This pastoral care led the Servant of God also to undertake many journeys to strengthen the faithful of the Prelature and other men and women of all walks of life in their spiritual life and in the apostolate. While advancing this evangelizing work, he took care always to ensure that the apostolic activity of the Prelature be at the service of the individual particular Churches. A fruit, moreover, of his zealous concern for priestly formation was the creation of the Pontifical University of the Holy Cross in Rome, which Saint Josemaría had desired. He published writings in the fields of law, theology and spirituality, especially about the priesthood and the laity, among them: Faithful and Laity in the Church; Consecration and Mission of the Priest; Una Vida para Dios. Reflexiones en torno a la figura de Josemaría Escrivá de Balaguer; and Immersed in God, an interview on the Founder of Opus Dei.

The Servant of God’s dedication to fulfilling the mission committed to him was rooted in a deep sense of divine filiation which led him to seek identification with Christ; he committed himself entirely with a trusting mind to the Father’s will, filled with love for the Holy Spirit; he was constantly immersed in prayer, and strengthened by the Most Holy Eucharist and by a tender love for the Blessed Virgin Mary.

He responded heroically in his bearing of illnesses – which he looked upon as the Cross of Christ –, in his imprisonment for some time during the religious persecution in Spain (1936–1939), and in his undergoing attacks on account of his faithfulness to the Church. He was a man of profound goodness and affability who communicated peace and serenity to others. No one recalls any discourteous gesture on his part, any sign of impatience in the face of adversity, or any word of reproach or protest on account of difficulties: he had learned from God to forgive, to pray for his persecutors, to open his arms in a priestly manner, and to welcome all with a cheerful face and great kindliness.

The Servant of God’s love for the Church was manifest in his total communion with the Roman Pontiff and with the Bishops: he was always a most faithful son of the Successor of Peter, adhering without quibble to him and to his teaching. In describing the figure of this Pastor, moreover, mention must also be made of other characteristic features, such as his keenly-felt solicitude for the faithful of Opus Dei; his humility, prudence, fortitude, joy, and simplicity; his self-denial and his ardent desire to win souls for Christ, which he expressed also in his episcopal motto: Regnare Christum volumus! (We wish Christ to reign!)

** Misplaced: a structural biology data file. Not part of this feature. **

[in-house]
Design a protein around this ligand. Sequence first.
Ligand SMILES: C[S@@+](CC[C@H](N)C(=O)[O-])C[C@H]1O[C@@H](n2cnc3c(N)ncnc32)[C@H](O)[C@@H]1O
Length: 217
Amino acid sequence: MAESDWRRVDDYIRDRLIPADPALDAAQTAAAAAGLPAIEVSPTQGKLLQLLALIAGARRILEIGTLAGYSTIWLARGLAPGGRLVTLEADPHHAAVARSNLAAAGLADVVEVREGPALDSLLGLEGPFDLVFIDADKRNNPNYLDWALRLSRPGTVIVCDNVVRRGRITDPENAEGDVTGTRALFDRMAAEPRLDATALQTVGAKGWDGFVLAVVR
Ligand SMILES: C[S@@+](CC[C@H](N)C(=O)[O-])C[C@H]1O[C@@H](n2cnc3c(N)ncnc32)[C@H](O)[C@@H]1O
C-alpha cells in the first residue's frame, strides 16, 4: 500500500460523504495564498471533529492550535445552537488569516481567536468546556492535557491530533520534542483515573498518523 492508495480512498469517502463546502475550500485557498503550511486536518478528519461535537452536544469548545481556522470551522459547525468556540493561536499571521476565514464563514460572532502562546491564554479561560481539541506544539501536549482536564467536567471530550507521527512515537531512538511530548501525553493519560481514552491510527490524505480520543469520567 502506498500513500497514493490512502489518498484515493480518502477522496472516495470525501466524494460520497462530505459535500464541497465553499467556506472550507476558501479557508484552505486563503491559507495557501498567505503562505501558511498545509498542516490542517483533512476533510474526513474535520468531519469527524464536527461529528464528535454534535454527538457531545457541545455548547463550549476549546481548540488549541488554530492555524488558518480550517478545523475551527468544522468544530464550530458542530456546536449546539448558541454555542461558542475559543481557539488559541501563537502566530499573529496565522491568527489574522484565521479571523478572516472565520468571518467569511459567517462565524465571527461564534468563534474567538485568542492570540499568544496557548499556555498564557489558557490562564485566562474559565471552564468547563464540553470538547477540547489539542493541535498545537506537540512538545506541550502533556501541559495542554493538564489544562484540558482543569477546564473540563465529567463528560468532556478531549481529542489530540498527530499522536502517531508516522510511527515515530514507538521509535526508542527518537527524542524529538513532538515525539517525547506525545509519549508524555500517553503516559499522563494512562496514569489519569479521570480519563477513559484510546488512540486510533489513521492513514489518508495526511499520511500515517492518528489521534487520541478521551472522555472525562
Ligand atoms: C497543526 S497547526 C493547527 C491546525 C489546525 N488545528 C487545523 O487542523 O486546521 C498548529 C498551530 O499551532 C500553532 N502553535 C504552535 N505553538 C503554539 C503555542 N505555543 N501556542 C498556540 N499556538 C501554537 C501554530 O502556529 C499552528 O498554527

The Servant of God’s reputation for holiness, already widespread in his lifetime, attained universal reach after his death. Between 2004 and 2008 two equally principal canonical processes regarding the life, virtues and reputation for holiness of the Servant of God were held at the Tribunal of the Vicariate of Rome and at the Tribunal of the Prelature, as well as eight rogatory processes in dioceses in Europe, North and South America and Australia. A special meeting of Theological Consultors which took place on 10 February 2012 gave unanimously a positive response to the query presented as to the heroic exercise of virtues and reputation for holiness of the Servant of God. On the proposal of his Eminence Cardinal Antonio Cañizares Llovera, and with myself, Cardinal Angelo Amato, as Moderator, the Most Eminent and Excellent Members of the Congregation for the Causes of Saints issued a favourable verdict at the Ordinary Session convened on 5 June 2012.

An accurate report of all the above having been made to the Supreme Pontiff Benedict XVI by the undersigned Cardinal Prefect, the Holy Father, accepting and ratifying the votes of the Congregation for the Causes of Saints, has today solemnly declared that: Certainty has been reached regarding the theological virtues of Faith, Hope and Charity towards both God and neighbour, as well as the cardinal virtues of Prudence, Justice, Temperance and Fortitude and related virtues, in heroic degree, and also regarding the reputation for holiness, of the Servant of God Álvaro del Portillo y Diez de Sollano, titular Bishop of Vita, Prelate of the Personal Prelature of the Holy Cross and Opus Dei, in the case and for the purpose in question.

The Supreme Pontiff has ordered that this decree be published and that it be recorded in the acts of the Congregation for the Causes of Saints.

Given at Rome on the twenty-eighth day of June in the year of the Lord 2012.

 

Angelo Cardinal Amato, S.D.B.

Prefect

L. + S.

X Marcello Bartolucci

Titular Archbishop of Mevania

Secretary